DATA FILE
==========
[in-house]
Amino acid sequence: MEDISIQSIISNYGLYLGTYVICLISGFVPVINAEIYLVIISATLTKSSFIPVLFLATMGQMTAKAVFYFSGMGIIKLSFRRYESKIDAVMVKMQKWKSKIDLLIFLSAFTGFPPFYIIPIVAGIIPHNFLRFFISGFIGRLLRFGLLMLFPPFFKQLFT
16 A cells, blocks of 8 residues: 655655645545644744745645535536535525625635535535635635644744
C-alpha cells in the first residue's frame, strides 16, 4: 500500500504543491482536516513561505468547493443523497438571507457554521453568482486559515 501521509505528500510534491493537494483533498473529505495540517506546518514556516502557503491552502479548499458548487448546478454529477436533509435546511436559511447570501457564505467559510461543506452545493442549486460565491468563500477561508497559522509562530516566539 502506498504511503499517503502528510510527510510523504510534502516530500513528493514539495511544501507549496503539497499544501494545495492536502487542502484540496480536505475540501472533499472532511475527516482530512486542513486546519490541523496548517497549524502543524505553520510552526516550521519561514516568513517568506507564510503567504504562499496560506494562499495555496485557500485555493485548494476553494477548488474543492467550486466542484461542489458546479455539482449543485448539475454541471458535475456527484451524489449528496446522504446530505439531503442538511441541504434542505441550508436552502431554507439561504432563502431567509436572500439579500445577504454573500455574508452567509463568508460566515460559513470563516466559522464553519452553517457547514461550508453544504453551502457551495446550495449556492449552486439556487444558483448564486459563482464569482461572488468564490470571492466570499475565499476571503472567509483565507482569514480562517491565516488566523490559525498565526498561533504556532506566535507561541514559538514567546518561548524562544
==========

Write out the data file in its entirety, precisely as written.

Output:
[in-house]
Amino acid sequence: MEDISIQSIISNYGLYLGTYVICLISGFVPVINAEIYLVIISATLTKSSFIPVLFLATMGQMTAKAVFYFSGMGIIKLSFRRYESKIDAVMVKMQKWKSKIDLLIFLSAFTGFPPFYIIPIVAGIIPHNFLRFFISGFIGRLLRFGLLMLFPPFFKQLFT
16 A cells, blocks of 8 residues: 655655645545644744745645535536535525625635535535635635644744
C-alpha cells in the first residue's frame, strides 16, 4: 500500500504543491482536516513561505468547493443523497438571507457554521453568482486559515 501521509505528500510534491493537494483533498473529505495540517506546518514556516502557503491552502479548499458548487448546478454529477436533509435546511436559511447570501457564505467559510461543506452545493442549486460565491468563500477561508497559522509562530516566539 502506498504511503499517503502528510510527510510523504510534502516530500513528493514539495511544501507549496503539497499544501494545495492536502487542502484540496480536505475540501472533499472532511475527516482530512486542513486546519490541523496548517497549524502543524505553520510552526516550521519561514516568513517568506507564510503567504504562499496560506494562499495555496485557500485555493485548494476553494477548488474543492467550486466542484461542489458546479455539482449543485448539475454541471458535475456527484451524489449528496446522504446530505439531503442538511441541504434542505441550508436552502431554507439561504432563502431567509436572500439579500445577504454573500455574508452567509463568508460566515460559513470563516466559522464553519452553517457547514461550508453544504453551502457551495446550495449556492449552486439556487444558483448564486459563482464569482461572488468564490470571492466570499475565499476571503472567509483565507482569514480562517491565516488566523490559525498565526498561533504556532506566535507561541514559538514567546518561548524562544